Possible additional Windows Live Mail message location?
Up until Windows 10, you could find email-related files with the extension “.EML”. These files presented the opportunity for email forensics. Once the new iteration of the Windows OS came about, it started storing files in alternative ways. It was found that a user’s Windows Live Mail (I’ll refer to this as WLM) related data could be found within the path “\Users\<Username>\Appdata\Local\Comms”. The collection of files here includes valuable information about the user’s emails within WLM.
Recently, a new file was found that my Professor and I did not recognize. This file, HxStore.hxd, appears to resemble to known Store.vol WLM file. My first guess is it is just a Hex version of the same file, but the alternate file location and structure had me curious. After not finding any analysis of this new file online, I figured I should take a look at it. This blog post just reviews my initial findings and interpretations so far.
The file in question is named “HxStore.hxd” and can be found at path:
- This file begins with the header “Nostromoh” and then contains an abundance of unused bytes (figure 1). As the file progresses, random clusters of unintelligible text are revealed. At the time of this post I have not deciphered these data blocks.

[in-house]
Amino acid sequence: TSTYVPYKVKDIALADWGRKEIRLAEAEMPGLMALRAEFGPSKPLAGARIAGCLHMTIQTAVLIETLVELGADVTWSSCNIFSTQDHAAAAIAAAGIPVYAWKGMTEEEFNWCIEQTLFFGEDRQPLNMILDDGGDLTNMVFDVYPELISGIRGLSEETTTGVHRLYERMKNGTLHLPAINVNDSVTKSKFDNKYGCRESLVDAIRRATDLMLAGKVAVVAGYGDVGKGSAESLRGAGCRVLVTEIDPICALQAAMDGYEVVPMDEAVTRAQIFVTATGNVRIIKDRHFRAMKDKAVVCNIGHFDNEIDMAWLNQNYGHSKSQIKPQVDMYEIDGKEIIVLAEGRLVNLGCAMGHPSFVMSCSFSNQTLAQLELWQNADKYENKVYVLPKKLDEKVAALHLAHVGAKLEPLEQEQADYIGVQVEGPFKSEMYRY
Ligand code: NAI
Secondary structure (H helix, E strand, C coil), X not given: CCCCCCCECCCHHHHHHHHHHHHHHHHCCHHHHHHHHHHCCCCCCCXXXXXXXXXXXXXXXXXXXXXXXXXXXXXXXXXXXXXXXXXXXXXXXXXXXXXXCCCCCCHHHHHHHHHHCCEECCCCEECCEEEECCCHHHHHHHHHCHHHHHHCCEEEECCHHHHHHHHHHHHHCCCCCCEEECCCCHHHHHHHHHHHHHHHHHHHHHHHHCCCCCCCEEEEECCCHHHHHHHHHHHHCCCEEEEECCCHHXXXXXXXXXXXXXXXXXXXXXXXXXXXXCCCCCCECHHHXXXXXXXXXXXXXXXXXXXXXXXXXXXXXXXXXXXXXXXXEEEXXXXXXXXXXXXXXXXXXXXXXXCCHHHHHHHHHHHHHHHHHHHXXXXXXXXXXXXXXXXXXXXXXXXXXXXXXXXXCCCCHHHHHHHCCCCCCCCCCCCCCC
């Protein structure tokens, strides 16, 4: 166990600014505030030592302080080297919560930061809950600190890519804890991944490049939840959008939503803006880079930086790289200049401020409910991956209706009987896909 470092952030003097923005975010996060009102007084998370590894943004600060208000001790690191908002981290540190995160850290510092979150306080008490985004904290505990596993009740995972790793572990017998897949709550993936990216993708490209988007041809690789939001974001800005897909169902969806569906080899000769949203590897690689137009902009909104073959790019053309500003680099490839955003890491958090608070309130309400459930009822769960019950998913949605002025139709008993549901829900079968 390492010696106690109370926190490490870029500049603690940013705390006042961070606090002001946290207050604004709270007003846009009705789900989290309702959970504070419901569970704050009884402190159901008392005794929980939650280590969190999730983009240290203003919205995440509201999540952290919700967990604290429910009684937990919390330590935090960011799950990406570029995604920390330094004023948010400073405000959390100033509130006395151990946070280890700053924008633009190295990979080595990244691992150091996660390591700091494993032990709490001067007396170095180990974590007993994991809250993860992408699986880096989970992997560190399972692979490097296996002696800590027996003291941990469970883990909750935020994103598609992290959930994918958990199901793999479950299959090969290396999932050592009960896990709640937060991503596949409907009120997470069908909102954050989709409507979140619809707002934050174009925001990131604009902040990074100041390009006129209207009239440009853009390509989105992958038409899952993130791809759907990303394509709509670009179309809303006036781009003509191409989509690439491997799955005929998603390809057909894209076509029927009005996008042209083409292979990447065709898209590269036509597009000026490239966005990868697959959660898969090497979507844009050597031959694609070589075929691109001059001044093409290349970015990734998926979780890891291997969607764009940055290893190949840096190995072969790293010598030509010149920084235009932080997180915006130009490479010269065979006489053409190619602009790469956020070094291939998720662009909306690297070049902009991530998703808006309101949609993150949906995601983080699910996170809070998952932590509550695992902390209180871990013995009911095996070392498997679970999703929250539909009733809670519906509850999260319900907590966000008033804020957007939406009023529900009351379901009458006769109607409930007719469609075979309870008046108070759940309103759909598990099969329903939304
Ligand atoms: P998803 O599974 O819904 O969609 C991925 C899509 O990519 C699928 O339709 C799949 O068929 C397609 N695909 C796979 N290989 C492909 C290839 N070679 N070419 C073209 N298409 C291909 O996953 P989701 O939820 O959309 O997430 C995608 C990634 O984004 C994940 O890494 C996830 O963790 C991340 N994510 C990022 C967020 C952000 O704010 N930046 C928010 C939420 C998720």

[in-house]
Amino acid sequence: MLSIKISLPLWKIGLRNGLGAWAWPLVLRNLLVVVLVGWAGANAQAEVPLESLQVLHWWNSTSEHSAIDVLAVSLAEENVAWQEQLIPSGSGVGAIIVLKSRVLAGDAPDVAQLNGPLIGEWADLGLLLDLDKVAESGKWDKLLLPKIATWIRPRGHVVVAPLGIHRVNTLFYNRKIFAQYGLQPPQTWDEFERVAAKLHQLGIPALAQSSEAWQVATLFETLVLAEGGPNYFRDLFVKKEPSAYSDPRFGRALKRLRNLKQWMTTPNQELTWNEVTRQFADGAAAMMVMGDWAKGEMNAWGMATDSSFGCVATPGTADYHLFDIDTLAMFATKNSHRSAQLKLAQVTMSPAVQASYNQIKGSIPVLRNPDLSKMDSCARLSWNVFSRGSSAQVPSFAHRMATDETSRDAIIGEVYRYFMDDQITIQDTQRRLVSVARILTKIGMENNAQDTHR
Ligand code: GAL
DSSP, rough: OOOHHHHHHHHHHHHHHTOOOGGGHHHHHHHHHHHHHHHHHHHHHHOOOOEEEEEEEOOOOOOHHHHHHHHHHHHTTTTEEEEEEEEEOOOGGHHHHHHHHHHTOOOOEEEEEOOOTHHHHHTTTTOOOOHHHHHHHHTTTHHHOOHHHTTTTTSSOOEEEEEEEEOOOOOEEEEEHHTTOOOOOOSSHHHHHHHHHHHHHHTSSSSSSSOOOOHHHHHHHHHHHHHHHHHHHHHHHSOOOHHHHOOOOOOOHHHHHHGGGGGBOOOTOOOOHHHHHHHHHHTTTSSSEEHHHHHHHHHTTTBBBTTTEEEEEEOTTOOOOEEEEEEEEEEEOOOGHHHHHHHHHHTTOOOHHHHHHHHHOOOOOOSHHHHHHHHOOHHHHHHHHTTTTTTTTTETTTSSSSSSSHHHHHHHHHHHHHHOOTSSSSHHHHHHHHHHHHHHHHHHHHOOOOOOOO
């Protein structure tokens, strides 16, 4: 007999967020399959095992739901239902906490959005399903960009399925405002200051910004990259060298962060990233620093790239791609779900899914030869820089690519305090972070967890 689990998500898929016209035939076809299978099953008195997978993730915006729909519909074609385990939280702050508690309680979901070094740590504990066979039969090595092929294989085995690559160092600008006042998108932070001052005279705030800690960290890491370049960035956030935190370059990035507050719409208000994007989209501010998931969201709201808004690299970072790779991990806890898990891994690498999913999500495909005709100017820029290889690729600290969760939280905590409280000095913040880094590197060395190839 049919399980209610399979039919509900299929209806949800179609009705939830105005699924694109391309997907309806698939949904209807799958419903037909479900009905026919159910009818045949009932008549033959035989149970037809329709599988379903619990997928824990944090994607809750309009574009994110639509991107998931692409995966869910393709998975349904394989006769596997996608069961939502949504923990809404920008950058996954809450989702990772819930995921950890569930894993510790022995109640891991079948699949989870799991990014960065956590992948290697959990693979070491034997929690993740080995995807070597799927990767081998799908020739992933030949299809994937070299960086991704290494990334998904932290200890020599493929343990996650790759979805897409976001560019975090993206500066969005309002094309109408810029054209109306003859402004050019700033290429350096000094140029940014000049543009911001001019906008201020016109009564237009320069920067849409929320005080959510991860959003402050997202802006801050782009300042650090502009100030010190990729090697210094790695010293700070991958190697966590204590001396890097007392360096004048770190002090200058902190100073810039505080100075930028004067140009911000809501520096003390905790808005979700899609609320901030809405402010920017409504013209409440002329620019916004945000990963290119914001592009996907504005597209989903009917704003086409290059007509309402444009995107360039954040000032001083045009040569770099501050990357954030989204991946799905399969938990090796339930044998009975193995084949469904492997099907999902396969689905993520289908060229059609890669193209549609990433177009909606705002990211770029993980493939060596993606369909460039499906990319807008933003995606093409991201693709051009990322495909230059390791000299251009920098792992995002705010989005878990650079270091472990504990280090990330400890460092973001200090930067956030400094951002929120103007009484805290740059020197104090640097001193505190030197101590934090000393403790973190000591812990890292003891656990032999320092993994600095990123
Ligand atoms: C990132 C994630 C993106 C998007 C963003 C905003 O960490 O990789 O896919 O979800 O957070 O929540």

- A simple ASCII ‘Find all’ search on the file for “@body” will bring you straight to the message instances (figure 3). There will be a reference to the subject of the message thread, followed by the message itself. Some portions of the messages appear to have the ascii interpretation corrupted, but are typically minor instances. This allows for the emails to be almost fully recovered.
- Much like a typical email visualization, it appears that some of the newer email messages are combined with the previous email messages that are within the same conversation thread. In this case, the newest message is on top and the bottom message is the one that is being responded to. In figure 4 below, you will see the red message is the most recent response in the conversation thread
- Valuable timestamps can be found along with a select number of message bodies that are stored within this file (figure 5).
Over the next few weeks I will look more into this file and further compare it to the known “store.vol”. Further findings will be added to this post. Meanwhile, if anyone has any advice/knowledge to offer, I would be most appreciative.